I’ve written a proof of concept for an idea that’s been banging around in my head for a while. I didn’t write it with an existing production use case in mind, but I think the code is reasonably easy to read regardless.
The idea is that FDB today doesn’t provide any access control at the KV layer, which means you need something between your end user / end developer to mediate access and prevent a rogue user from issuing
tn.clear_range("\x00", "\xFF") and causing a very bad day for everyone else.
If you could write another layer that as transparently as possible spoke the FDB API (not necessarily network protocol), you could shim in this access control layer along with a few other features. My first version of
as transparently as possible is to use the Redis protocol, as there is an implementation in every popular language and it provides enough features to model the FDB API on top off.
So I call this the Gateway, since Proxy is already taken as a component name in the FDB architecture. You connect using the Redis protocol, issue a
chroot command to put your client into a directory using the directory layer, and then can transparently issue commands as if you own the entire instance. You can’t access the system keyspace (such as the metadata version key), but I could provide an escape hatch for that later using some kind of ACLs system.
To use it, you first set a tuple in the directory
sys-tenant-authorization in the formation of
["chroot_name", "username", "password"] => password. This can be re-evaluated, but I just copied Redis’ design for the authorization system coming in Redis 6 where you have any number of users and passwords and can rotate passwords by having two passwords for the same user for a period of time.
The commands you can issue are named after the FDB API, but I didn’t implement everything yet. Just the basic ones like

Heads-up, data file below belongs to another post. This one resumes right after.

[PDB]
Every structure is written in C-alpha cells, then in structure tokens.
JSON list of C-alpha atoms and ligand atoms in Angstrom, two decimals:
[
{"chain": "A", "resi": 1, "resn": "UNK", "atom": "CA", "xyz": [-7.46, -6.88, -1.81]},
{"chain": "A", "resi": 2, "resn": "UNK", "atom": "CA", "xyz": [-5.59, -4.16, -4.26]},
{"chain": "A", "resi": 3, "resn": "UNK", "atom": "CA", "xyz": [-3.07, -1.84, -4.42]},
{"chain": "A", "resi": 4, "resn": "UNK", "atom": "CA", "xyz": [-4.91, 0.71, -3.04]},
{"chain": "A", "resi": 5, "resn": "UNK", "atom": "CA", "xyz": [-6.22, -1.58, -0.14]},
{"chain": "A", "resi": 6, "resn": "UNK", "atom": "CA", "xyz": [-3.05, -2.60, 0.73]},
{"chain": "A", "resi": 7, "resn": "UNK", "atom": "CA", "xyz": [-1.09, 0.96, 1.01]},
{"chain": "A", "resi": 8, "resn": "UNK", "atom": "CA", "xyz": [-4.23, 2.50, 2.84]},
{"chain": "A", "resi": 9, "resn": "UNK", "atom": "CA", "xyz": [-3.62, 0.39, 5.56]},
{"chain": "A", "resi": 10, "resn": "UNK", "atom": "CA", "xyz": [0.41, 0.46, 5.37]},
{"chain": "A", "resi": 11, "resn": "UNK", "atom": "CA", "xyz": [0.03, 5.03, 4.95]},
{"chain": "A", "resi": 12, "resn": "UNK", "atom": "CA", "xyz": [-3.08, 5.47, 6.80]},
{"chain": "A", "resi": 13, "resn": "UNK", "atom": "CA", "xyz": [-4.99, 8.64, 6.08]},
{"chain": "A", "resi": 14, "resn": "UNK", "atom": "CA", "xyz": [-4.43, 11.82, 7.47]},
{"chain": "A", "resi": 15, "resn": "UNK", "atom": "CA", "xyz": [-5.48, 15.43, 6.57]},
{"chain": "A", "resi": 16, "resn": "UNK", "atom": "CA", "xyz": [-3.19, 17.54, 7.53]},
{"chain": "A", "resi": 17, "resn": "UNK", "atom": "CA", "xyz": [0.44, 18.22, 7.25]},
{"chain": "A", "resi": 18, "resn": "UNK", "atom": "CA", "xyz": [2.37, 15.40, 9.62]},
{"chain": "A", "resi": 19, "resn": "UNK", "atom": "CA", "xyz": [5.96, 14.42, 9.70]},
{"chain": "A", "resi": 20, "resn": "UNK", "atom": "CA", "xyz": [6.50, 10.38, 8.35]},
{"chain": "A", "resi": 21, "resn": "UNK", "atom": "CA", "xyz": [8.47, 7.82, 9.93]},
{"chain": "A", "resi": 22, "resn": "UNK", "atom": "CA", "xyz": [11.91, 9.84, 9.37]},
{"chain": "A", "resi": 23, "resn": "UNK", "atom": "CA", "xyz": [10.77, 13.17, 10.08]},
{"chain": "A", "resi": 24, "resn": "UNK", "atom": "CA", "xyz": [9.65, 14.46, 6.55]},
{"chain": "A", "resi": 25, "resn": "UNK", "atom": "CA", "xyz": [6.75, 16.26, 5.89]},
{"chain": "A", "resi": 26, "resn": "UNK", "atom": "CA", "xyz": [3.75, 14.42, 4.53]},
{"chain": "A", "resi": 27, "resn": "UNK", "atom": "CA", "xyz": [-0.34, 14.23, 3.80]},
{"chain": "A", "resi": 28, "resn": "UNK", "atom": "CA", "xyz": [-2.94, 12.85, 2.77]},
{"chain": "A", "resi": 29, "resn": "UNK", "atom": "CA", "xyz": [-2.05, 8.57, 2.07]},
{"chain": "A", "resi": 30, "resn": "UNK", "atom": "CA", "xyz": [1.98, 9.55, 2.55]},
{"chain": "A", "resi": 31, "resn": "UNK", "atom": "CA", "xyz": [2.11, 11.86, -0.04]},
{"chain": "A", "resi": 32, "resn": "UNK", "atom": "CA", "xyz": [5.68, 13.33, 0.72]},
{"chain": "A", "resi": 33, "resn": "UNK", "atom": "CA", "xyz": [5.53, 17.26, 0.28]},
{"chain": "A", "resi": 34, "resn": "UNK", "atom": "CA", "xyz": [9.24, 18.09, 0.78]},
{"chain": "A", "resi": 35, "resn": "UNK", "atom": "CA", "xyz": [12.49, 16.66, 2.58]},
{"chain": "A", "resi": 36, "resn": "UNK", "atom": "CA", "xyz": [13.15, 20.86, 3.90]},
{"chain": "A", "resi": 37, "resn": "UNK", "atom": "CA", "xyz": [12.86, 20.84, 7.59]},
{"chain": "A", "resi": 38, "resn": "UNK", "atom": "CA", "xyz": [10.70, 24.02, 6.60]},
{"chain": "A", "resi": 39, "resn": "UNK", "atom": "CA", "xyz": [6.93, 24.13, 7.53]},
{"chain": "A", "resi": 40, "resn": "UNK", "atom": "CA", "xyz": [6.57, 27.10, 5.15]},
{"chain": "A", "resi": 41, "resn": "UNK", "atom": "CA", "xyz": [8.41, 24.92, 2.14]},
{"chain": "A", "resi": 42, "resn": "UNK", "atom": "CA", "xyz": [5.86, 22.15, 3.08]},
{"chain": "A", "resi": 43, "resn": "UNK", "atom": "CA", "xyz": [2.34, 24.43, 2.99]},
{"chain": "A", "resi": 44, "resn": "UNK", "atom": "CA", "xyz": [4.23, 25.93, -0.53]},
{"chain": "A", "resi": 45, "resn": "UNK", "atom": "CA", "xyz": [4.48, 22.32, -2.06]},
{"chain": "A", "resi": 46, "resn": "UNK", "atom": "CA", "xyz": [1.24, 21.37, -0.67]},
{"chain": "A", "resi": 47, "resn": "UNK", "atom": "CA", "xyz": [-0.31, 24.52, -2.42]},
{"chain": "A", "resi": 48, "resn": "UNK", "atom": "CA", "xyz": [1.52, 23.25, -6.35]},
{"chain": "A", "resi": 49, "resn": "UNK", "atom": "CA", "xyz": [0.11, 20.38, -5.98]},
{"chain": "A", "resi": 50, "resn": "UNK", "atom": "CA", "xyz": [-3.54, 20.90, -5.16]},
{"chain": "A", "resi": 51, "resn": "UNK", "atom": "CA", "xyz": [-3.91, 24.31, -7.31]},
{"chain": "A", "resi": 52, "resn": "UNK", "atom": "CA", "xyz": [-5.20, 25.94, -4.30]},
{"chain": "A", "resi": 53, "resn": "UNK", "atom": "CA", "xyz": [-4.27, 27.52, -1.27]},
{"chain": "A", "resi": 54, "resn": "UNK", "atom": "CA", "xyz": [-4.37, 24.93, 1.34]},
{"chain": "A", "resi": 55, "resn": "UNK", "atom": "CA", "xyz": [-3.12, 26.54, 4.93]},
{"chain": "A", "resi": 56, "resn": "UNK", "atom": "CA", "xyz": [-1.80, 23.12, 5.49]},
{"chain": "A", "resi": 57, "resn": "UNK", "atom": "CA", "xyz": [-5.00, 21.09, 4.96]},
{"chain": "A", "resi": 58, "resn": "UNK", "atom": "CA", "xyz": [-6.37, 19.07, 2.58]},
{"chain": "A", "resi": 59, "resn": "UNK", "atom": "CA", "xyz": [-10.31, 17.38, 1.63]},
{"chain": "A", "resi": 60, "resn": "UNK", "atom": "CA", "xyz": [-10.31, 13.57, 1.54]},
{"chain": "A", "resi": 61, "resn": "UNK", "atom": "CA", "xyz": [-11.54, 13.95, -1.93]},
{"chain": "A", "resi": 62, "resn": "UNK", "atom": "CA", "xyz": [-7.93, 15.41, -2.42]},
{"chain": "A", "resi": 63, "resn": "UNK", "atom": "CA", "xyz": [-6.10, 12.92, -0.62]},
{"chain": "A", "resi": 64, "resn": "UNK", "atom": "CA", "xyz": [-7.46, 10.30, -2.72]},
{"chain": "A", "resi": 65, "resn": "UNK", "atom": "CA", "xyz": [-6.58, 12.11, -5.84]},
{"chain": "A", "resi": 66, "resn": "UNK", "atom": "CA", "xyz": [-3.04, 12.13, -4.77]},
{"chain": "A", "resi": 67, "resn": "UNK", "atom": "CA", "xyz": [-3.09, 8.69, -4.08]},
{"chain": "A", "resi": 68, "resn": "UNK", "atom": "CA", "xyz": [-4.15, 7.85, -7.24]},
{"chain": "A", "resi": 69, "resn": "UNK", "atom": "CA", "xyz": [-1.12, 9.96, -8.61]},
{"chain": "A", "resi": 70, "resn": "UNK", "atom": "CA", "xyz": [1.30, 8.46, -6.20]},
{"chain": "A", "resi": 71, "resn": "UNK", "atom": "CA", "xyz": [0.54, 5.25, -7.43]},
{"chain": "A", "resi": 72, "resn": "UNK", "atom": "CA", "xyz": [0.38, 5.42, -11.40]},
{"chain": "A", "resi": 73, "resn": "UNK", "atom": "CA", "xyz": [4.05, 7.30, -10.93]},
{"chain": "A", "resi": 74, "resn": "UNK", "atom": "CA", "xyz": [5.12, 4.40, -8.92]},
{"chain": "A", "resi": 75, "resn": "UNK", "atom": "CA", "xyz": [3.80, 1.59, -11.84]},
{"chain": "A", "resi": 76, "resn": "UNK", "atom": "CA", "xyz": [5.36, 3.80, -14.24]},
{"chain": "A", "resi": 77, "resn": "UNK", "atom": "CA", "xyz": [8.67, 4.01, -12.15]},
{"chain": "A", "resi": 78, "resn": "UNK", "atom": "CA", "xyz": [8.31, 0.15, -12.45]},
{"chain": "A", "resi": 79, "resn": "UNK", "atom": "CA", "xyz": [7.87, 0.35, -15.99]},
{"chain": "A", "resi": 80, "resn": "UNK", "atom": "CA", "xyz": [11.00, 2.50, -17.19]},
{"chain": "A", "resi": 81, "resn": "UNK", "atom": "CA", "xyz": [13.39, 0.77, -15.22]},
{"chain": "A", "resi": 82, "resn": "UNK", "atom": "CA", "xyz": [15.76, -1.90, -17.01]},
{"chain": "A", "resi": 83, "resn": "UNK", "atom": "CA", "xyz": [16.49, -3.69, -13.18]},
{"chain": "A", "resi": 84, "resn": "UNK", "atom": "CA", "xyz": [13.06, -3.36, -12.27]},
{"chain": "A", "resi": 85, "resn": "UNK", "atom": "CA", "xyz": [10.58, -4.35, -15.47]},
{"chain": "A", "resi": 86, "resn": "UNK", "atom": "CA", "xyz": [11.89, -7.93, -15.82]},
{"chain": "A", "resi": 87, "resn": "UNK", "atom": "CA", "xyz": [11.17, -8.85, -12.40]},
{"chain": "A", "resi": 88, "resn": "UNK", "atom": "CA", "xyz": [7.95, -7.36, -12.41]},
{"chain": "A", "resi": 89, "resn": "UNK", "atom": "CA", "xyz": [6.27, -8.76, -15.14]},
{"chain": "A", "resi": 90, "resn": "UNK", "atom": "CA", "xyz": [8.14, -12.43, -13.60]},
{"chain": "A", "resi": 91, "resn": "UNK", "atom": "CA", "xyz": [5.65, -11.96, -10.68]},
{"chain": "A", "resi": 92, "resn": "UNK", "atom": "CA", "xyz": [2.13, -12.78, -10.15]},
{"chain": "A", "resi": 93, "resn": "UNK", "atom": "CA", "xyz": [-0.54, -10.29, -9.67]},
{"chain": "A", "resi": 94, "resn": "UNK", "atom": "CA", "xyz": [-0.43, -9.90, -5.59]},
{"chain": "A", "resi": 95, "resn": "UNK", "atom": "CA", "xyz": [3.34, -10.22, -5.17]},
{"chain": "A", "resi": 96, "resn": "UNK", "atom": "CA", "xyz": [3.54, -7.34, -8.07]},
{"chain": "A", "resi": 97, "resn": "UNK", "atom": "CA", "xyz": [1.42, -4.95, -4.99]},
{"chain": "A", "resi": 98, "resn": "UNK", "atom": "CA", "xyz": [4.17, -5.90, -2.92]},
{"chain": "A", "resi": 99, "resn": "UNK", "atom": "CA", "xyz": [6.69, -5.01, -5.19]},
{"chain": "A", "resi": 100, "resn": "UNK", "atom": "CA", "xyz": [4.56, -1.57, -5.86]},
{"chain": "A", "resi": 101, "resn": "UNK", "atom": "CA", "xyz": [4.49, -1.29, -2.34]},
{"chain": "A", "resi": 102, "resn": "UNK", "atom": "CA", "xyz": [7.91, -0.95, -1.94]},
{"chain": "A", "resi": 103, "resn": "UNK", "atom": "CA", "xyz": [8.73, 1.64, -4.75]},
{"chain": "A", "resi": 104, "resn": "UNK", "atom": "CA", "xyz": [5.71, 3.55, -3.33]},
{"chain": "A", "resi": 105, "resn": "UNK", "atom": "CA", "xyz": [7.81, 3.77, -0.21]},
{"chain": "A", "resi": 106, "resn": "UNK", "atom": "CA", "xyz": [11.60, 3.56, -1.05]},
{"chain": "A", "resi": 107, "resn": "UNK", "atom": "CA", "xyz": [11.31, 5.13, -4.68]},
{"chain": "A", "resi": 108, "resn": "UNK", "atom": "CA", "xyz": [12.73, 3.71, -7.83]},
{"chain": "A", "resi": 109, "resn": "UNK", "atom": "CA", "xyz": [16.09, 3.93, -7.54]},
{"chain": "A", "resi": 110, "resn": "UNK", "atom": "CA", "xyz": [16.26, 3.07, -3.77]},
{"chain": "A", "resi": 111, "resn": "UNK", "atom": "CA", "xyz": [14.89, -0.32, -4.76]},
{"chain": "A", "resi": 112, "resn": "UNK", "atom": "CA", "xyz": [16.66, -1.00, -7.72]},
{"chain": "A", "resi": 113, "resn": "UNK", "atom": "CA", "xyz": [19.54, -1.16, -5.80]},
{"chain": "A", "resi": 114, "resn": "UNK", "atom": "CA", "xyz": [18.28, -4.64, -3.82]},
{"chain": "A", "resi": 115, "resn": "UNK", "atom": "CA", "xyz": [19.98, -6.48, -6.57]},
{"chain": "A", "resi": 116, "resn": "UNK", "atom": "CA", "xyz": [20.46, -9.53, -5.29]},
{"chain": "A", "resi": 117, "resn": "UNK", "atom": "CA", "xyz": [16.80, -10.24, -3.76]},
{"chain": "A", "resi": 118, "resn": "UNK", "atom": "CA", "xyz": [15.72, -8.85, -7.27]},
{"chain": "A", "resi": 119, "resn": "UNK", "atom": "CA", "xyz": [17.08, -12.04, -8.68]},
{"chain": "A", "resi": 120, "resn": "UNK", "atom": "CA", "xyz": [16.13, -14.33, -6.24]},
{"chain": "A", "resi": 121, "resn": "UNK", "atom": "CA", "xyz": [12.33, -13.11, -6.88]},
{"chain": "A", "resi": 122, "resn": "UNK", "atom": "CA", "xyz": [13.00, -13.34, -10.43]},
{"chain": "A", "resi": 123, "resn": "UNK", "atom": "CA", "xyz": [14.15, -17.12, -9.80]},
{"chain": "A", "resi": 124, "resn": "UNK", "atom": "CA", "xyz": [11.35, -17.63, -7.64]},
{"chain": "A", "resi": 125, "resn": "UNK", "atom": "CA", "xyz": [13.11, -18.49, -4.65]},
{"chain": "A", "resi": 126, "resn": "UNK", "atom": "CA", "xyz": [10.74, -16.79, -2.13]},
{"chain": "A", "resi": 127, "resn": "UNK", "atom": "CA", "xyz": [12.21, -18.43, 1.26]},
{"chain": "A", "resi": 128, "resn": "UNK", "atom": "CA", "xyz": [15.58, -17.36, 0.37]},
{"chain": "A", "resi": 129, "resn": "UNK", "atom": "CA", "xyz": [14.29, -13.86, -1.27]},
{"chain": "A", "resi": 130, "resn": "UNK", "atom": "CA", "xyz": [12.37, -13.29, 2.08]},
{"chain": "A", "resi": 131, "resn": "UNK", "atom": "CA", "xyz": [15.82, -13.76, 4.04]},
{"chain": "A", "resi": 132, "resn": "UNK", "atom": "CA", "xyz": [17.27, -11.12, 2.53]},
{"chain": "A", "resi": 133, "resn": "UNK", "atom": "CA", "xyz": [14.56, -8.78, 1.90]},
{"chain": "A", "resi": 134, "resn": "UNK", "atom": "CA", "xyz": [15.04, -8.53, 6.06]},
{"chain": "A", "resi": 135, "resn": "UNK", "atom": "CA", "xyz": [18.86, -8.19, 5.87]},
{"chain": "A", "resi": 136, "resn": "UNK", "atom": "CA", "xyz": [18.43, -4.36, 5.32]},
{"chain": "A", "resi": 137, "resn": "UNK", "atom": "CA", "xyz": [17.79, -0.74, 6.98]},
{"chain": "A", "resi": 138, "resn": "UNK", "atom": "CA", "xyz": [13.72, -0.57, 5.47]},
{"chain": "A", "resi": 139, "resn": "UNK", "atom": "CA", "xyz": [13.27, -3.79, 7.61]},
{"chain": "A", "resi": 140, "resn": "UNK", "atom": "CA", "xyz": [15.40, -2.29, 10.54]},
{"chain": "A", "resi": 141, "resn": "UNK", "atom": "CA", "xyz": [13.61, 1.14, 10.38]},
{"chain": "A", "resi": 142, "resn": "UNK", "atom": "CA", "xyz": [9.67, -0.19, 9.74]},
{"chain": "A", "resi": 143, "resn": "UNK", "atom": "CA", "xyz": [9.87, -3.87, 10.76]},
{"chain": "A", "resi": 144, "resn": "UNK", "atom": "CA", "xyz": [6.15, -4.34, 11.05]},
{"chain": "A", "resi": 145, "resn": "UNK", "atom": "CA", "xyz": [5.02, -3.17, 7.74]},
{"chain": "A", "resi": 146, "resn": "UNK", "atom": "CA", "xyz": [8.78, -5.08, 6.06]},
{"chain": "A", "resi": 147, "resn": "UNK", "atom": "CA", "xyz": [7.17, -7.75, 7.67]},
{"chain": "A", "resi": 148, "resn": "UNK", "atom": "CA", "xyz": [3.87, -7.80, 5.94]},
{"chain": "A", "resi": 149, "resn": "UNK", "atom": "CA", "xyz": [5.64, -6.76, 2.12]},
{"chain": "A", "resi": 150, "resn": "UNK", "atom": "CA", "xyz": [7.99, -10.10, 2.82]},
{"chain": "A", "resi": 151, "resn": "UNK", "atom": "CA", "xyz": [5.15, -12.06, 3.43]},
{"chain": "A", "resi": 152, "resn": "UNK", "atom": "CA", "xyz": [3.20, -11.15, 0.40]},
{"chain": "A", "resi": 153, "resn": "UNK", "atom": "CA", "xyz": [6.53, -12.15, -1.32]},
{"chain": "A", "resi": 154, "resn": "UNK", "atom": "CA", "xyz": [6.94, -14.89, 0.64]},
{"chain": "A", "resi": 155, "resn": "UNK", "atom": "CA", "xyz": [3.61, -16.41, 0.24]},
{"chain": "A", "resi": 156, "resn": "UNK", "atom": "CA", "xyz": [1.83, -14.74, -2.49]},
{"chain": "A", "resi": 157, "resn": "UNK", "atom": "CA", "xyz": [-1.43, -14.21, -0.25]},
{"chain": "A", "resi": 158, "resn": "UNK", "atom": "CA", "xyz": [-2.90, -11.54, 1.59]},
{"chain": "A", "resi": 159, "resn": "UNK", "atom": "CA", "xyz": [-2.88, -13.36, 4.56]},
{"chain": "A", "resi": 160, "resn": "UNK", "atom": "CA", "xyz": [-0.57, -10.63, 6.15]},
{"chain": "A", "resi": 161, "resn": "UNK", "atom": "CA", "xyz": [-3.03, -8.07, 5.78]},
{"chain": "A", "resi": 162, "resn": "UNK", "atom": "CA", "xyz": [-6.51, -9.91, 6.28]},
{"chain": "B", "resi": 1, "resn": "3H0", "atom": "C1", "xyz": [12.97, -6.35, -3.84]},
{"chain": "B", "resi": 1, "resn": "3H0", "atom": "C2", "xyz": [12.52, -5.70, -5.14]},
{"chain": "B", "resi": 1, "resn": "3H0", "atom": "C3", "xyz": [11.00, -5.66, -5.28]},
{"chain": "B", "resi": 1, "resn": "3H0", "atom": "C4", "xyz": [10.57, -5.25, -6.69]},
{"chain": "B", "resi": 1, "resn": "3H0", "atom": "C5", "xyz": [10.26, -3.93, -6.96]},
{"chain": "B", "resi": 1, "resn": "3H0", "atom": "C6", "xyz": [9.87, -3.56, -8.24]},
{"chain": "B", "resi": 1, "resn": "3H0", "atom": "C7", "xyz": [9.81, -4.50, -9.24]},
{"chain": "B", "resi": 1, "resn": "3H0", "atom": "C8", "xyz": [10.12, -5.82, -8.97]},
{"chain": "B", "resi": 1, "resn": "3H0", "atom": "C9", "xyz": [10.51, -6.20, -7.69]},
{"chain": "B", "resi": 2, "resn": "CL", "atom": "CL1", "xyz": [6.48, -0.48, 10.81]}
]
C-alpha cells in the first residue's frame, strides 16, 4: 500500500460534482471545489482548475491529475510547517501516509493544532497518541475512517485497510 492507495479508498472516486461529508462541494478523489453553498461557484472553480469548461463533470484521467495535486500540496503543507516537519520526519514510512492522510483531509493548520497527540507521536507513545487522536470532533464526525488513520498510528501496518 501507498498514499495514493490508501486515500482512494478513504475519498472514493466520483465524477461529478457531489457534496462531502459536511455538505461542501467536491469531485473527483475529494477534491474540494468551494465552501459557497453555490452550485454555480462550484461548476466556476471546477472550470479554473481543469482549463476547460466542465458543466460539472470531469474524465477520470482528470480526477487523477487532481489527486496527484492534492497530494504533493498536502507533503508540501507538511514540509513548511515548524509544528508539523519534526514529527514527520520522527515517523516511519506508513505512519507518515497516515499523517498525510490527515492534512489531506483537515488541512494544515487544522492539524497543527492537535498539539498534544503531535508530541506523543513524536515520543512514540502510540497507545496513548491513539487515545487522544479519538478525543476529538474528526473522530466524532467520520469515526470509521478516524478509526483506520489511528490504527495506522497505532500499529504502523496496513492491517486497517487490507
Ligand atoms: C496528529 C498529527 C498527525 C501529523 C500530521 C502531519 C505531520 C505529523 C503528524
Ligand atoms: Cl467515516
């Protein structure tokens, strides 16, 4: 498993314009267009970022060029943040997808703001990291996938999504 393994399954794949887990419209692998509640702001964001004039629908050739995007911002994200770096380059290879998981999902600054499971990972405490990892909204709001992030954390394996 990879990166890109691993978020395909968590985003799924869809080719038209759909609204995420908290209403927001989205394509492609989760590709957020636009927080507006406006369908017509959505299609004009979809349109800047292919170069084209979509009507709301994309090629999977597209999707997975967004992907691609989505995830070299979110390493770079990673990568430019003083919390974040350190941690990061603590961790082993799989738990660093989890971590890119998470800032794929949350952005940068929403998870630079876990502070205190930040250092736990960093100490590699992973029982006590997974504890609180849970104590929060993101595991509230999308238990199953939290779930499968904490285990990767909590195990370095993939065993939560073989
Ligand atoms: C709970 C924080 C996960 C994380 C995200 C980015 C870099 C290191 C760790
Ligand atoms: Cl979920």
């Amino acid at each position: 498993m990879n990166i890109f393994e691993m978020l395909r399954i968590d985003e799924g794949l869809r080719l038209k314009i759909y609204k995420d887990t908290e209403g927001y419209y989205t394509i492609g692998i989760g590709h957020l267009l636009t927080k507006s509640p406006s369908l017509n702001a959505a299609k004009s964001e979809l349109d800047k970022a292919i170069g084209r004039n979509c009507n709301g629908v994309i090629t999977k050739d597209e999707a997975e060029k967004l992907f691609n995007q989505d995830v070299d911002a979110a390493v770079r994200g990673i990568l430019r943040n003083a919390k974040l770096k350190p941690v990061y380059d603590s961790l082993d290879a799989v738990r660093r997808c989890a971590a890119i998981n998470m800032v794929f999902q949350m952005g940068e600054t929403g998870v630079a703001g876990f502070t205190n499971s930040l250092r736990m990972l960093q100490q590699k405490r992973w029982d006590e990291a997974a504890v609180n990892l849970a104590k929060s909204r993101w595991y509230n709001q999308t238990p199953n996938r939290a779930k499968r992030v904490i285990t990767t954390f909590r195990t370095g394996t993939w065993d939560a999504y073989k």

clear. To do any operations at all, you must
chroot into a directory and start a transaction. This is to prevent you from doing something wrong if you disconnect and reconnect to a different Gateway and attempt to start issuing commands again as if you’re in the same transaction as from before you disconnected. You’ll receive an error saying there isn’t any active transaction if you try. Same thing if you forget to
chroot, you’re denied.
Other than obvious stuff like more features, does this interest anyone here?
It could fulfill 3 roles:
- Provide a basic security boundary in a multi-tenant environment without sacrificing expressive power on the part of the tenants using the FDB API. This is useful for environments where an entire FDB cluster for each tenant is cost prohibitive or undesirable from a management perspective.
- Provide an interface for an existing Redis-using application to replace Redis. This is more useful if additional Redis commands were added, but
SETare the same AFAIK.
- Provide a generic platform for community investment in features not in core FDB today, such as predicate pushdown. One could imagine the Gateway coordinating with other Gateways deployed on storage servers using the boundary key API to match predicates of keys or values in large scans before returning them to the client. Another idea I had is this is a safe place to implement scripting like Redis has today with Lua. Instead of deploying an entire application with client bindings and managing all that, you could write a Lua script that does the transactional bit of your interaction with FDB entirely on the Gateway and returns and entire fully formed result, like a stored procedure. An example stored procedure is the high-contention queue pattern could be implemented in Lua.
There are a few negatives to using this. You do not get the current behavior of zero-latency
set because to you have to send the data to the Gateway for it to call the real
set on the transaction. I think this is tolerable given you would be deploying the Gateway in the same datacenter as your application and you can pipeline multiple
set commands as you can with Redis today. The second and more serious concern is maintaining correctness. My testing strategy (which I haven’t started yet, just thought about) would be to write a workload like the existing binding tester which does some operations and compares them to the operations of a regular API client. Past that, I think the regular guarantees of FDB would still apply to the Gateway.
Please poke holes, request features, and express your positive (or negative) feelings!
I’m not super invested in this conceptually, so I would prefer to hear why this wouldn’t work well, is not possible to make safe, or is not desired by anyone now before I write any more code.